• I react by locking my kids OUT of my room while I take a 3 minute shower. When I'm done I hurry and rush out to the living room, still in my towel, to make sure the boys are alright and I find this:
  • To clarify, these seemingly not-so-bad photos are of my barricaded portion of my kitchen (which Nami can now de-barricade…Is that even a word?) Anyway, the barricade was knocked down, the mixing bowl full of water from the sink was dumped all over the floor along with other dirty dishes, the leftover rice from Salesi’s dinner/breakfast was mixed in, clean dishes were pulled from the dishwasher and thrown all over the dirty floor, dirty dishes were put in my clean dishwasher AND my very clean children from their baths the night before were swimming in the mess.
  • I do what any good mother would do: yell at my kids and lock them in their rooms. (Well, I had to lock Kope in our room because Salesi was sleeping in his room.)
  • I slam the door and return to the kitchen to clean up the mess, come back to re-shower and find Kope has emptied the drawers in my bedroom and spread clothes all over the floor, mixing them in with the dirty clothes’ pile. He is cleverly sitting on my bed, typing away on my computer acting innocent of any crime. 
  • I continue my great mothering skills and yell, “That’s it!” I grab Kope and stomp right into his bedroom and yell at Salesi, “You’re just going to have to sleep in our room because Kope is in a time out” as I drop Kope into his crib. Never mind that the now sopping wet kids are lying in their freshly cleaned sheets!
  • I continue stomping about the house exclaiming to myself, “All I needed was FIVE MINUTES!!!” I hear Kope calling out in his fake innocent voice that melts my heart, “Sorry Annie, sorry Annie.” Nami is wailing from his room, “Daddyyyy, Daddyyyy, Mommy, Daddy, Papa, etc.” Then he starts banging his head on the ground uncontrollably and kicking the door.
  • I get somewhat ready and then go to fetch the kids to get them ready. I let Nami out first and go to get Kope. By the time I quickly grab Kope and run to find Nami, he had dumped my diet coke all over the bathroom and thrown the cup in the toilet.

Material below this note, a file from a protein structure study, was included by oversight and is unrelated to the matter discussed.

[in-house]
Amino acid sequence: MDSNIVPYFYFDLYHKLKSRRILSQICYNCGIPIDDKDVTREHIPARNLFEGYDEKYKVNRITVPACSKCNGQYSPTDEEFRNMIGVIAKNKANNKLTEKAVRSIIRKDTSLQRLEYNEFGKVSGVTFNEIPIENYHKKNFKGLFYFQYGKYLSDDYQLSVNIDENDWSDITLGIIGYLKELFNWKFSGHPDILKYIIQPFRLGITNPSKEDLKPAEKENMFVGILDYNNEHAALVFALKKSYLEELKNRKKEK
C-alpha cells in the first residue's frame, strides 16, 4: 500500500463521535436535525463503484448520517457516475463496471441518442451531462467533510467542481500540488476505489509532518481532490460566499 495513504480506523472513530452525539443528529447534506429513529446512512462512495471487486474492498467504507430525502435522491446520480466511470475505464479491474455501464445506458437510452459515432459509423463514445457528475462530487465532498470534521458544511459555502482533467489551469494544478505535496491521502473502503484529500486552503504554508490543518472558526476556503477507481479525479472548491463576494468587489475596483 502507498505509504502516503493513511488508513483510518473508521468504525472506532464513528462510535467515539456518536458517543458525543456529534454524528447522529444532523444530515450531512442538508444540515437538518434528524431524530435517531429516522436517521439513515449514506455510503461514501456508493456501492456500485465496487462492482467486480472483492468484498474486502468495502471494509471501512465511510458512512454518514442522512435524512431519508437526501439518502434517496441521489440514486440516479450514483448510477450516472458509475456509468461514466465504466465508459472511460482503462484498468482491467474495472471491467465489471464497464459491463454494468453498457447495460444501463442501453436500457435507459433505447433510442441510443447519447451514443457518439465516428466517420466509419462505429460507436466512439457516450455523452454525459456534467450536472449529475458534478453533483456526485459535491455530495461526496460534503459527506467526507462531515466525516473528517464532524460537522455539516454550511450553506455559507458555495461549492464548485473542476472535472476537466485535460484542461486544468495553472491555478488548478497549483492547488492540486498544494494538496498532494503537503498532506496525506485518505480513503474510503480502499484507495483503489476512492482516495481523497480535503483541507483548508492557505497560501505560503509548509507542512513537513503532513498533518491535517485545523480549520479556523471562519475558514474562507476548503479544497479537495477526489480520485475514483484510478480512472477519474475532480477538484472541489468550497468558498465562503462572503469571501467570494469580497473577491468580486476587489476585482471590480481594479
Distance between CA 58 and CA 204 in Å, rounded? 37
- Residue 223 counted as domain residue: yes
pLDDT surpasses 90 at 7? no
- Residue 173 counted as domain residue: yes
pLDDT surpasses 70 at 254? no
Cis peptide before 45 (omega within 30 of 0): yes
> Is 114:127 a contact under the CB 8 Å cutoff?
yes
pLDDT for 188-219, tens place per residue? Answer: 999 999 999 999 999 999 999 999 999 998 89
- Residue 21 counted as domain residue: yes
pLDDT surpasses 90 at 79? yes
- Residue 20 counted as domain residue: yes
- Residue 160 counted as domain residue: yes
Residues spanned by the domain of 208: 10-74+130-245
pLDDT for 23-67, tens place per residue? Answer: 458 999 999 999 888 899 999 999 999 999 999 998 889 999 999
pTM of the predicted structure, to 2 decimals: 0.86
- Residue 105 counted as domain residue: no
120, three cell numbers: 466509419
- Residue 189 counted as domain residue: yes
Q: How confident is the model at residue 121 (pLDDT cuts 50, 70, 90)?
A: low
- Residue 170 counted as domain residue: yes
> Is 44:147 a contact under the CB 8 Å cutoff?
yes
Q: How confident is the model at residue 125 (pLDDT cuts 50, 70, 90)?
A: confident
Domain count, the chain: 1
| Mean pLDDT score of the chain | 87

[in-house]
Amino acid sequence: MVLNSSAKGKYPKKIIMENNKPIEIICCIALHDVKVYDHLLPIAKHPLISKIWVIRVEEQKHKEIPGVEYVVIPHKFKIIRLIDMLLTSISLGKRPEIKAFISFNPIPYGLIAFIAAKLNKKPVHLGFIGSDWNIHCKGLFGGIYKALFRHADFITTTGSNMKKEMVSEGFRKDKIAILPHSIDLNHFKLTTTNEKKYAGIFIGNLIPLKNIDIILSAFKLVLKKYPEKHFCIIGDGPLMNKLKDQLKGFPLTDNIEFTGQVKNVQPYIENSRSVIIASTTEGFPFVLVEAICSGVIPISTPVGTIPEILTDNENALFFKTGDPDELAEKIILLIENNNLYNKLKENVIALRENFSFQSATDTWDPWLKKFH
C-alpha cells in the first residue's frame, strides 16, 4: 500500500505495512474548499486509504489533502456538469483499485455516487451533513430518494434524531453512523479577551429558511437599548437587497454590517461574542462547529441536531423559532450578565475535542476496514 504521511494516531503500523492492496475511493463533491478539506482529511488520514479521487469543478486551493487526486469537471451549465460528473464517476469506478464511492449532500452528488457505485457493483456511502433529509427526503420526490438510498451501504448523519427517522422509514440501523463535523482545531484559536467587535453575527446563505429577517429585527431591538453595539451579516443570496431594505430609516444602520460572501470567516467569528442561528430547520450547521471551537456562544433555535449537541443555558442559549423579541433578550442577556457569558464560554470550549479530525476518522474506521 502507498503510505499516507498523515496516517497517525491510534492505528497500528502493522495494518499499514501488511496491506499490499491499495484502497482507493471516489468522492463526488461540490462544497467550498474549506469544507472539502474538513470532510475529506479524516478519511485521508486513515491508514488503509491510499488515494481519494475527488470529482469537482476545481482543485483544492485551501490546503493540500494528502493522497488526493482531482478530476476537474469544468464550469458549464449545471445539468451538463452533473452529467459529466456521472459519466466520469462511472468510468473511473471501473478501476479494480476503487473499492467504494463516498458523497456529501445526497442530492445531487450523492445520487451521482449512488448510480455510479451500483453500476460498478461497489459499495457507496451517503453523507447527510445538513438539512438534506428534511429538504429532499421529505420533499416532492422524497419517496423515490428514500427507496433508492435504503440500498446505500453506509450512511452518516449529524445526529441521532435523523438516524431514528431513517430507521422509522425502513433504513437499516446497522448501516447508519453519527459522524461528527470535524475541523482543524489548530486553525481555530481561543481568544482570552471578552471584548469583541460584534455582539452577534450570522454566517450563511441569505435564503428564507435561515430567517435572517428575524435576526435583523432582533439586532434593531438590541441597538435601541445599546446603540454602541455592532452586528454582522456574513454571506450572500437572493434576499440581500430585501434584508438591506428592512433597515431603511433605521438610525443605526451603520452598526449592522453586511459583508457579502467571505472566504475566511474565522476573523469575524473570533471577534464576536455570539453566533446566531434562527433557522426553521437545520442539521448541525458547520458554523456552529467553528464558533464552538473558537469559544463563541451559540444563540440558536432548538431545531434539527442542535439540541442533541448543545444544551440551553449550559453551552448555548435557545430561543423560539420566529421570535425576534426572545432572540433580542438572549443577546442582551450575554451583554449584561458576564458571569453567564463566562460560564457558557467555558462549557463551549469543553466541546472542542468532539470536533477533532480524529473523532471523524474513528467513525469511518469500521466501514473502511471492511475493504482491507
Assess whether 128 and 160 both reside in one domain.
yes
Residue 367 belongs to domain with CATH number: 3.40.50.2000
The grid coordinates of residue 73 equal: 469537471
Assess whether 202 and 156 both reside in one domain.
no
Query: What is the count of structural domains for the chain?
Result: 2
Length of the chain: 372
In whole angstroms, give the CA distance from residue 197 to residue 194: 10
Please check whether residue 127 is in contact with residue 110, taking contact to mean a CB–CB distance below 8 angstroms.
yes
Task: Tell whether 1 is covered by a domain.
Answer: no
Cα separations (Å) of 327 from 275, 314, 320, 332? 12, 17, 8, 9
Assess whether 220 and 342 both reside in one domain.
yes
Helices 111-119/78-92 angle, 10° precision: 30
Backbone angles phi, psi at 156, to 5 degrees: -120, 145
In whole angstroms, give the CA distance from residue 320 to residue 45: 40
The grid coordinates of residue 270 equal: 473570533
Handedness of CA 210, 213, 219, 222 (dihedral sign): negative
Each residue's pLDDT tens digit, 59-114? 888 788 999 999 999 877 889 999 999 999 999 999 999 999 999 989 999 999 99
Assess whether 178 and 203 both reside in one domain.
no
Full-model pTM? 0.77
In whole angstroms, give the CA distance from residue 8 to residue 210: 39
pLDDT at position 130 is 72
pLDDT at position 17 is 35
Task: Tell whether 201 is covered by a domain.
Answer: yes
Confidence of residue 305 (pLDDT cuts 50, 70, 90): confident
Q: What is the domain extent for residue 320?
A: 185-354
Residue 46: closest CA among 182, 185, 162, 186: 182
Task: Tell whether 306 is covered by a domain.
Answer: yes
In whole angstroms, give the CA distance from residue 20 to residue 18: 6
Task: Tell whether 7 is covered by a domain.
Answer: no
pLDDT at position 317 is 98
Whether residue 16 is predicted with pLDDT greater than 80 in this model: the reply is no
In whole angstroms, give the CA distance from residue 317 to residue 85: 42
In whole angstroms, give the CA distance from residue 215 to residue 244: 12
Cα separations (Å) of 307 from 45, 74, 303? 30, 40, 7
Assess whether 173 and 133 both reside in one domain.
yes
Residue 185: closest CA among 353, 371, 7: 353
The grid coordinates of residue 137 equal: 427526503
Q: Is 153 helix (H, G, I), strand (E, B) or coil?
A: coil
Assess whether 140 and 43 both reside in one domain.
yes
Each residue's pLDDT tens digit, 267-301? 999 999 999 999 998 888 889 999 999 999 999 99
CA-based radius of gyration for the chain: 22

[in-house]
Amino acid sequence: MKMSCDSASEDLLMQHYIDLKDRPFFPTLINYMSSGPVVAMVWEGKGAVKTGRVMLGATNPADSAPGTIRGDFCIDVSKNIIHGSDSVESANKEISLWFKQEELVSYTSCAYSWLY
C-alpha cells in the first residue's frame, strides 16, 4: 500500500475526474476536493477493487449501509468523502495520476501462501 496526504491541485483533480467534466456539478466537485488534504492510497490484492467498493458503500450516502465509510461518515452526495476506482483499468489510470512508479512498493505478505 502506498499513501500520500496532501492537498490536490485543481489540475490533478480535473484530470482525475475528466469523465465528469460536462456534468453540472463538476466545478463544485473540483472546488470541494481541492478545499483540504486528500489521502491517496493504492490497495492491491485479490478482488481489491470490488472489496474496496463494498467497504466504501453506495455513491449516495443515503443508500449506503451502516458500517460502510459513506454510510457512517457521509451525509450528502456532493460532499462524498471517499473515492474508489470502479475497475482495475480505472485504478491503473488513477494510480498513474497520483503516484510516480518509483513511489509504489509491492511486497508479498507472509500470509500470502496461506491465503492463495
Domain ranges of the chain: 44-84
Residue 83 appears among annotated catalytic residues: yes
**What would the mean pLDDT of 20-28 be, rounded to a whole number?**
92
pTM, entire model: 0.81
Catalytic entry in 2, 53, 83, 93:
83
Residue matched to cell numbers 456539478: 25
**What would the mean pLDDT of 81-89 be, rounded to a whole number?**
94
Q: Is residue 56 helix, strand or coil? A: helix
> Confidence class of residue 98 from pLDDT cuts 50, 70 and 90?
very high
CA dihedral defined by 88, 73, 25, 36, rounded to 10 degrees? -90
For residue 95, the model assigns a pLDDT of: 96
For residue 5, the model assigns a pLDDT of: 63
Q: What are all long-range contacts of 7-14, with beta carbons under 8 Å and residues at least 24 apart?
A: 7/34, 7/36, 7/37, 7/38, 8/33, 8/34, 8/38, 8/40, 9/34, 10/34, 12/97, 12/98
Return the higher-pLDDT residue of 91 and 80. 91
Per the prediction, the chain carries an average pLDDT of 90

• I’m finally able to get the kids ready and I put get the kids’ shoes on. Kope decides he wants Nami’s shoes, so he takes both their shoes off and puts on Nami’s. Nami screams because he thinks this means he can no longer “go”. I redo the shoes and Kope re-undoes them, and so the morning continues…
By the time we’re ever able to get ready to go anywhere, I’m so worn out that I no longer want to go. Nami is always crying to go, but then when we get where we’re going he doesn’t want to be there. I don’t have the energy to try and keep Nami somewhat contained in public because I’m already exhausted upon arriving. To make matters worse, Nami has recently stopped sleeping well again which has coincided with more violent tantruming. This week I picked Nami up from school to go to the doctor’s right when their snack time was starting. Needless to say he was NOT happy. He tantrumed all the way to the car which invited many stares. All I could think in my head was, “Yeah, my son is rolling around on the asphalt, screaming, kicking and banging his head. So what! He’s 50 lbs! What am I supposed to do?!?!?”

Although my arms are sore, my brain is fried, and I’m exhausted, I have to laugh as I recall this past week…otherwise I won’t be able to stop crying! Now I sit back and wonder, “Why am I not losing weight?!?!"
It's a good thing I think my kids are so dang cute!

Sunday, March 3, 2013

IT'S MORE THAN I CAN BEAR




I recently met up with one of my best friends from high school, Nicole. She’s endured a lot through her life, and I have always looked to her as an example of someone who was able to bear difficult situations with great strength. While talking with her I told her what a great example she had been to me in my life. I expressed to her how strong I thought she was and how I didn’t know how she had made it through all the challenges in her life. She replied, “I don’t know how I made it through either. I do know your family was a big support to me during my early years and was influential in my life.” Her sentiments reflected much of what I had been feeling.

Over the past few years I have complained to God many times saying, “This is too hard. You promised you wouldn’t give me more than I can bear!” Recently, after one of my desperate pleas, I heard these words so clearly in my mind: “You are right. This is too much for you to bear on your own. That is why I have surrounded you with so many wonderful people that are helping you through.” It’s amazing that Nicole expressed to me from her experiences the exact thing that was so powerfully manifested to me in mine: I cannot make it through life without the love, support, and example of others.